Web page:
MCBs or Miniature Circuit Breakers are electromechanical devices which protect an electrical circuit from an overcurrent. The overcurrent, in an electrical circuit, may result from short circuit, overload or faulty design. An MCB is a better alternative to a Fuse since it does not require replacement once an overload is detected. Unlike fuse, an MCB can be easily reset and thus offers improved operational safety and greater convenience without incurring large operating cost.
The principal of operation is simple. An MCB functions by interrupting the continuity of electrical flow through the circuit once a fault is detected. In simple terms MCB is a switch which automatically turns off when the current flowing through it passes the maximum allowable limit. Generally MCB are designed to protect against over current and over temperature faults (over heating).
There are two contacts one is fixed and the other moveable. When the current exceeds the predefined limit a solenoid forces the moveable contact to open (i.e., disconnect from the fixed contact) and the MCB turns off thereby stopping the current to flow in the circuit. In order to restart the flow of current the MCB is manually turned on. This mechanism is used to protect from the faults arising due to over current or over load.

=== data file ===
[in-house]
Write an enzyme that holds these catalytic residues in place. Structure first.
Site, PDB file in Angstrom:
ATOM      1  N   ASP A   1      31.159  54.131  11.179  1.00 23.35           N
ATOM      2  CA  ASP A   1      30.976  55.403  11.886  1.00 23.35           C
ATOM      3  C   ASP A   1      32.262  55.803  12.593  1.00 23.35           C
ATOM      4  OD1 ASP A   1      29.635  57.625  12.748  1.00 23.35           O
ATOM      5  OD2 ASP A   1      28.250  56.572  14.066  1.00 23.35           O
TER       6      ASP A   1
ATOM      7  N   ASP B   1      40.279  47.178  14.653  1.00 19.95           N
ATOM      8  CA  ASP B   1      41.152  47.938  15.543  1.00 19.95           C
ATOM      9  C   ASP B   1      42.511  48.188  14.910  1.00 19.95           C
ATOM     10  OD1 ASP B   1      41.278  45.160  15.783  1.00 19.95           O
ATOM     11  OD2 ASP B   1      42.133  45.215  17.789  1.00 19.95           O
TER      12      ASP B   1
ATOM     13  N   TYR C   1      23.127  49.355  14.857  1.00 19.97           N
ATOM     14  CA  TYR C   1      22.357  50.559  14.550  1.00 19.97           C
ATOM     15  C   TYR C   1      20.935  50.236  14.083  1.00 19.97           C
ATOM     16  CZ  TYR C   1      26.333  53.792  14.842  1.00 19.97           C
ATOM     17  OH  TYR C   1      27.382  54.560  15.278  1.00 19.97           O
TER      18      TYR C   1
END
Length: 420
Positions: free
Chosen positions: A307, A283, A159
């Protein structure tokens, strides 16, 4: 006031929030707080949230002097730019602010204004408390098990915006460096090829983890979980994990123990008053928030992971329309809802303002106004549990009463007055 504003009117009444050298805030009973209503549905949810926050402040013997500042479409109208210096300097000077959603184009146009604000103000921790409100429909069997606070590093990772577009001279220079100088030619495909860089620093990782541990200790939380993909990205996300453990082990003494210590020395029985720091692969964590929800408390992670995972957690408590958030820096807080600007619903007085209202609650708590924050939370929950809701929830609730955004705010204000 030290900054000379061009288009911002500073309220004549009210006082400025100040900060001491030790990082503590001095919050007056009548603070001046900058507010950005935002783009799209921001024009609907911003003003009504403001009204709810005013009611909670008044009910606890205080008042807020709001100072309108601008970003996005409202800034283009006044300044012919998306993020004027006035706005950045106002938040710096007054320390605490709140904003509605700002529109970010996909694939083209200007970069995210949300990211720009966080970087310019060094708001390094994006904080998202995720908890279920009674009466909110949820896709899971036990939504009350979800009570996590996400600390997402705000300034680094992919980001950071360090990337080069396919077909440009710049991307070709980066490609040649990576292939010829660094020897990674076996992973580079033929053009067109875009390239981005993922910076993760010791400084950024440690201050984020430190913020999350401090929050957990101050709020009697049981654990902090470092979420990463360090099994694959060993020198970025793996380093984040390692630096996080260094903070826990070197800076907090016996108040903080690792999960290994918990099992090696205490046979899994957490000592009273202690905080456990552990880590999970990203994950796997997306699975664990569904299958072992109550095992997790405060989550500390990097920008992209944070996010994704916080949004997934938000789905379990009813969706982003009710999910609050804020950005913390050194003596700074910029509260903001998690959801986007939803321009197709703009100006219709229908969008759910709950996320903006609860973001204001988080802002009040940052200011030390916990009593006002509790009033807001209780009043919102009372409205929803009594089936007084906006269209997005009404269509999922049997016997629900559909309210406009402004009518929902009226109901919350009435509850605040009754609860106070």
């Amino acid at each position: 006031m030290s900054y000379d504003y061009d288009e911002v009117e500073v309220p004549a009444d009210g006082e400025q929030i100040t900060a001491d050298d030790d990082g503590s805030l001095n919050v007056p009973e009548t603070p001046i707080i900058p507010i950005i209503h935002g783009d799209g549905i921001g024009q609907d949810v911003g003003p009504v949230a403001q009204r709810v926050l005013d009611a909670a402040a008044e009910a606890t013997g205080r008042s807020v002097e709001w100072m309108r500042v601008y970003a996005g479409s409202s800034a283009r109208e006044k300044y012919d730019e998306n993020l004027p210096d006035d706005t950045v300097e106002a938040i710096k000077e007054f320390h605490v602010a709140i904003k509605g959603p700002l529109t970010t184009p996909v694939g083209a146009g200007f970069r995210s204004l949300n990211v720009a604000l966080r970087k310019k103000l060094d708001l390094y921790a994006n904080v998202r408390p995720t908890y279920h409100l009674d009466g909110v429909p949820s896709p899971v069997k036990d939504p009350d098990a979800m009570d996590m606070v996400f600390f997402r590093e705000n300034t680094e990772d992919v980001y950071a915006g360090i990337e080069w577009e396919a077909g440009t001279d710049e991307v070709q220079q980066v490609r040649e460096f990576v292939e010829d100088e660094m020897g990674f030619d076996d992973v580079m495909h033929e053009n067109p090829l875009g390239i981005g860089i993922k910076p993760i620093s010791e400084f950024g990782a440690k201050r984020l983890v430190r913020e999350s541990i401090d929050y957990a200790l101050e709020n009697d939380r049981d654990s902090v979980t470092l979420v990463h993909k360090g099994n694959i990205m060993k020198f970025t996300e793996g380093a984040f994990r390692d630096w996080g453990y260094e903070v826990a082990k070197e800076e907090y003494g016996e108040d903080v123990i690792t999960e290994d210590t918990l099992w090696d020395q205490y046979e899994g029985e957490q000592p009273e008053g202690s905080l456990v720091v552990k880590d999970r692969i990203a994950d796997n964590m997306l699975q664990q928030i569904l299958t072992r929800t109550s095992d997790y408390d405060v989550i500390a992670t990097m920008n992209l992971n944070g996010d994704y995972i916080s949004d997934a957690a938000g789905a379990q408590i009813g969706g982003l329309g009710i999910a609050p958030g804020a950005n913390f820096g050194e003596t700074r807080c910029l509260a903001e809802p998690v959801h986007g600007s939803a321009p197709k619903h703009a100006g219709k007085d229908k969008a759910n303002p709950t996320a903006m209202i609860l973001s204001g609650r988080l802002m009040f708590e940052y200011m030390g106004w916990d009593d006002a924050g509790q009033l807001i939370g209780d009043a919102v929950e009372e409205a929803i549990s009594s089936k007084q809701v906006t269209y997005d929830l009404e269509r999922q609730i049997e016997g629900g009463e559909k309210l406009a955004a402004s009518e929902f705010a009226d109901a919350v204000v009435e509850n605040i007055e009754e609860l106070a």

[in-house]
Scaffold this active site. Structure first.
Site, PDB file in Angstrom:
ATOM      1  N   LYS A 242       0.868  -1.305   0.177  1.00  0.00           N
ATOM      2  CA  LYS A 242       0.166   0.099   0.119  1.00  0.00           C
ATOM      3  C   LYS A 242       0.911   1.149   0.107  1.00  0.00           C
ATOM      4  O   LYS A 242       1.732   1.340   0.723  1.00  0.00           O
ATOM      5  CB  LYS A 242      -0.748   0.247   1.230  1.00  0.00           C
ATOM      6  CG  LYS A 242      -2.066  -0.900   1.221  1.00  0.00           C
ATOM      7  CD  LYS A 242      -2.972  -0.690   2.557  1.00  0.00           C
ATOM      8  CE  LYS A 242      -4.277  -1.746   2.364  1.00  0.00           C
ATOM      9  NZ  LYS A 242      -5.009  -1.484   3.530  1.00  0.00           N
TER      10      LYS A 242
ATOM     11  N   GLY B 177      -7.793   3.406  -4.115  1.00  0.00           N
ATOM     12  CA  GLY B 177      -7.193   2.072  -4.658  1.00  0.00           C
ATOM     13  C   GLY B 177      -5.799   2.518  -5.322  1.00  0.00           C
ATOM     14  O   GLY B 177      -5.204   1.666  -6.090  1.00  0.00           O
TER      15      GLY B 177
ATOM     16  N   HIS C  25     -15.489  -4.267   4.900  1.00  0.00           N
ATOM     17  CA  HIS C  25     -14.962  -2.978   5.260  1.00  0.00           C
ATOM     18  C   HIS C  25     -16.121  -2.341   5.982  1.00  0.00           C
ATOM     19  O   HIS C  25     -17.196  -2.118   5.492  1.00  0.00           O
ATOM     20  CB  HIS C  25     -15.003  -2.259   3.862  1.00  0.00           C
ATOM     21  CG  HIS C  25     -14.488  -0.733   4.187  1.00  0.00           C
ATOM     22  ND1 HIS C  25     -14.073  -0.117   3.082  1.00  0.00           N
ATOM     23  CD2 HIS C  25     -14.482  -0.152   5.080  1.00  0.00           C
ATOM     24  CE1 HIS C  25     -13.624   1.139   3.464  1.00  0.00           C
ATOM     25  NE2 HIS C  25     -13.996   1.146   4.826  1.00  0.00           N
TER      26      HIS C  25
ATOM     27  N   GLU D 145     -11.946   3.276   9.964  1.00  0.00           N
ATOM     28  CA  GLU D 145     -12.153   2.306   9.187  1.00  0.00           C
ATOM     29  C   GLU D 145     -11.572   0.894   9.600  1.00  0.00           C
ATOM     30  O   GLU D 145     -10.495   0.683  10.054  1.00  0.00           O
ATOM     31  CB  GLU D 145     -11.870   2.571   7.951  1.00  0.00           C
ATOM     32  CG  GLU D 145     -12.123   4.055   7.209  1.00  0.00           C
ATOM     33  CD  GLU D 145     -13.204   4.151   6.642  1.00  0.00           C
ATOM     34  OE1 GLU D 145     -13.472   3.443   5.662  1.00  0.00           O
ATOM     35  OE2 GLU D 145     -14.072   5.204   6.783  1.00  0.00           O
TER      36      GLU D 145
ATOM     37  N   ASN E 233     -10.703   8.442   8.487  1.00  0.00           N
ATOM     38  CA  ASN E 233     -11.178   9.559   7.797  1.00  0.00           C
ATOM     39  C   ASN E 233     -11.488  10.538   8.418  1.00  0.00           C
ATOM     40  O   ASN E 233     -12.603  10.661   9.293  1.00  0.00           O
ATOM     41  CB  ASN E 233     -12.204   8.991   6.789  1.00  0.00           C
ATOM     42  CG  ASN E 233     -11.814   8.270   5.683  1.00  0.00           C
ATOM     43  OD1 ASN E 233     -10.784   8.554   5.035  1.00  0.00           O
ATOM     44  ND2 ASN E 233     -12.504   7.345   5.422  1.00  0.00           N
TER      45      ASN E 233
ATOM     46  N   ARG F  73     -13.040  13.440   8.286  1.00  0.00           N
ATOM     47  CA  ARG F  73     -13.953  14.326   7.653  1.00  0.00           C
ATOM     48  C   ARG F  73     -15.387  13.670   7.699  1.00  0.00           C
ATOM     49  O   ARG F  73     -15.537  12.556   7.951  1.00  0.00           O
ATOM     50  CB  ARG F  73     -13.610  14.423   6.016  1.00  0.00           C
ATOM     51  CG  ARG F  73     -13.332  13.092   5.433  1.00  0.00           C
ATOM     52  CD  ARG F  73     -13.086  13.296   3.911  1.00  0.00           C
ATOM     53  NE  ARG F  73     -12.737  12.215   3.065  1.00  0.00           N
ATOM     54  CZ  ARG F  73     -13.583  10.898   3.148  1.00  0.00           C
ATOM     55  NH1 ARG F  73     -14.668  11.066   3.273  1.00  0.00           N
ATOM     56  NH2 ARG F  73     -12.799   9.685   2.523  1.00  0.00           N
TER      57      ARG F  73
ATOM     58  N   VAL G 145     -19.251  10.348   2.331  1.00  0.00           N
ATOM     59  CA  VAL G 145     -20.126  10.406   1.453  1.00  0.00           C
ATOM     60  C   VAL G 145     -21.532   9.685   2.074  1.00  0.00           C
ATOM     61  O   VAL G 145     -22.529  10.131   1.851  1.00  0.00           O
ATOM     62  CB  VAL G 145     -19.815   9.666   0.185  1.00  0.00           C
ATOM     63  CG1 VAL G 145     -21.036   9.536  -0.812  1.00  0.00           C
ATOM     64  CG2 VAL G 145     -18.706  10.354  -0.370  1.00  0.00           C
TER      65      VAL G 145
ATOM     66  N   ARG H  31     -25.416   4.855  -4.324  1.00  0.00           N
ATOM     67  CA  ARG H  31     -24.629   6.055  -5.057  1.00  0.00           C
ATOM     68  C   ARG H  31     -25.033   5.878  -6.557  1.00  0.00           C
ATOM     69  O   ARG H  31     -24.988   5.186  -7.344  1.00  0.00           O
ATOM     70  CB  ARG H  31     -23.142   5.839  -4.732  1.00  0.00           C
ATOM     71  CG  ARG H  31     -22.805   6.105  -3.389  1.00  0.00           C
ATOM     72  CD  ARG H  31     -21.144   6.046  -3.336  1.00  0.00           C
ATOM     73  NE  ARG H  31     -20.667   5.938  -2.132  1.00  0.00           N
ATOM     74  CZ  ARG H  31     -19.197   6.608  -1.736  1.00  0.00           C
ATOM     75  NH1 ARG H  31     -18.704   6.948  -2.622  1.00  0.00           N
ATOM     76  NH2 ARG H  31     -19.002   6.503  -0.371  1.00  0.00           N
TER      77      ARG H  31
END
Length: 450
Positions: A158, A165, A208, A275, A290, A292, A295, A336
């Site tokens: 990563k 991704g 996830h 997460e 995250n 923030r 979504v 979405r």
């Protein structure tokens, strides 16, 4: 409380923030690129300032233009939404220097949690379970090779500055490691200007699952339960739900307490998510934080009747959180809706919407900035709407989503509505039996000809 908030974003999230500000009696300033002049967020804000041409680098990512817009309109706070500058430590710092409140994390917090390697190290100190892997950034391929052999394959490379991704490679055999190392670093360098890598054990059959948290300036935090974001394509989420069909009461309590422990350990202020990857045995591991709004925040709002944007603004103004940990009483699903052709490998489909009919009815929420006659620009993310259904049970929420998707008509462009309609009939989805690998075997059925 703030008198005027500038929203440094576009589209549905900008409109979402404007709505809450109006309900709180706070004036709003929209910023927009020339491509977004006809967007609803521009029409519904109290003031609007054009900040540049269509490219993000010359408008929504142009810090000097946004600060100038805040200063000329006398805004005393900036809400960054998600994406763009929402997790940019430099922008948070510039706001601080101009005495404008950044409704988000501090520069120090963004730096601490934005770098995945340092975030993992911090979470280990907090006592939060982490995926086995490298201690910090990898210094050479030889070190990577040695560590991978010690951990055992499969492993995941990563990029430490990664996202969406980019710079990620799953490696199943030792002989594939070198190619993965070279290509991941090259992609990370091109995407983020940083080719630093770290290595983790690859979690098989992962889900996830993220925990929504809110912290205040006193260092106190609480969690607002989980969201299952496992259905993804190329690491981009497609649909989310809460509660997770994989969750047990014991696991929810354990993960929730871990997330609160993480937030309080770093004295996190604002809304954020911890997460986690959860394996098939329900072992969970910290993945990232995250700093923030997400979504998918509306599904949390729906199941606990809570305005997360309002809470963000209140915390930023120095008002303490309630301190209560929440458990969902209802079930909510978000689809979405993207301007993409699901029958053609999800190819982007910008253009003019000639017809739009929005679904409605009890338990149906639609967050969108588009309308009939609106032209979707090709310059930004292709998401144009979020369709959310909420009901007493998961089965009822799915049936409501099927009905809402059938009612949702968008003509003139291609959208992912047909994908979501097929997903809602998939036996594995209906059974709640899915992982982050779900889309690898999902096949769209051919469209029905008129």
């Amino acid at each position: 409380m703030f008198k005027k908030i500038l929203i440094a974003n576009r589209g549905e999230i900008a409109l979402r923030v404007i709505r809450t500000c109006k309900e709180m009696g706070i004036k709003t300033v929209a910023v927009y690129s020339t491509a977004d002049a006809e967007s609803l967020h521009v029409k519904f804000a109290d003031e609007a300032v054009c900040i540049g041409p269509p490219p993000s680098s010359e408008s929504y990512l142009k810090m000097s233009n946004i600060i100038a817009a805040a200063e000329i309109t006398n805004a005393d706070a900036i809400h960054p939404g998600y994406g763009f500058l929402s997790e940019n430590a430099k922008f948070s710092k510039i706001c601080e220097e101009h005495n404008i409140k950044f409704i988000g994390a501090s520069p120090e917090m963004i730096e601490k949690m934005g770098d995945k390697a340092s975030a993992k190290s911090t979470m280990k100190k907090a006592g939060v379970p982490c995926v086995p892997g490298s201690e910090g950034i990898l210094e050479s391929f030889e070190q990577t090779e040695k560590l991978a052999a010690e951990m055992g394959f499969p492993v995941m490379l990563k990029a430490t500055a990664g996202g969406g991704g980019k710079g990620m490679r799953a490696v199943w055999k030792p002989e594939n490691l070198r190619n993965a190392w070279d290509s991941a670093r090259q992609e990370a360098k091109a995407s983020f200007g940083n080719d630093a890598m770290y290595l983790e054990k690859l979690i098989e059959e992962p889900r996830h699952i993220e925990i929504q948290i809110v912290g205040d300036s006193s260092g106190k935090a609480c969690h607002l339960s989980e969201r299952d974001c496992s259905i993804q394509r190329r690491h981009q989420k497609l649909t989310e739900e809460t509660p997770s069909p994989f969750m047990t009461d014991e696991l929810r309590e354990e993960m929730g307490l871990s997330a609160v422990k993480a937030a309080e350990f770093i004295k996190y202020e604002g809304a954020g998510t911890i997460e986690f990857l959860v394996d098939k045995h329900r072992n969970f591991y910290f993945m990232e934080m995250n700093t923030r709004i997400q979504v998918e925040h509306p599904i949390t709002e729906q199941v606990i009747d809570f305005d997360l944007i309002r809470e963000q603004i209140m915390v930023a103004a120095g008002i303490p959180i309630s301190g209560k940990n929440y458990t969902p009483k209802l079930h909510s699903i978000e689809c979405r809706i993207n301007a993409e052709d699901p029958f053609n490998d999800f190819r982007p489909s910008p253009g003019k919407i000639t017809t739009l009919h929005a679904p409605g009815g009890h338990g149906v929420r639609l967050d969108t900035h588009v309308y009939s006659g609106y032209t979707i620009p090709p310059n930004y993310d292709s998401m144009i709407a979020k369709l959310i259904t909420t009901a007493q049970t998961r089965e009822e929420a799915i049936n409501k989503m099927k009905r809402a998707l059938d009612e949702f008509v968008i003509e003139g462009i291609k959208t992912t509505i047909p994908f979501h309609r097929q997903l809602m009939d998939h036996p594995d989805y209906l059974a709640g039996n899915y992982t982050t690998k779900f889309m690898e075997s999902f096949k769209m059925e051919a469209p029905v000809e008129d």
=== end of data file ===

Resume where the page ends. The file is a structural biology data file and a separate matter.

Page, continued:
To protect against fault arising due to over heating or increase in temperature a bi-metallic strip is used. MCBs are generally designed to trip within 2.5 millisecond when an over current fault arises. In case of temperature rise or over heating it may take 2 seconds to 2 minutes for the MCB to trip.
This article covers the insight of a single pole MCB commonly used in the house hold. The following image shows the different internal parts of an MCB with top casing removed. The subsequent sections will examine each part and its function.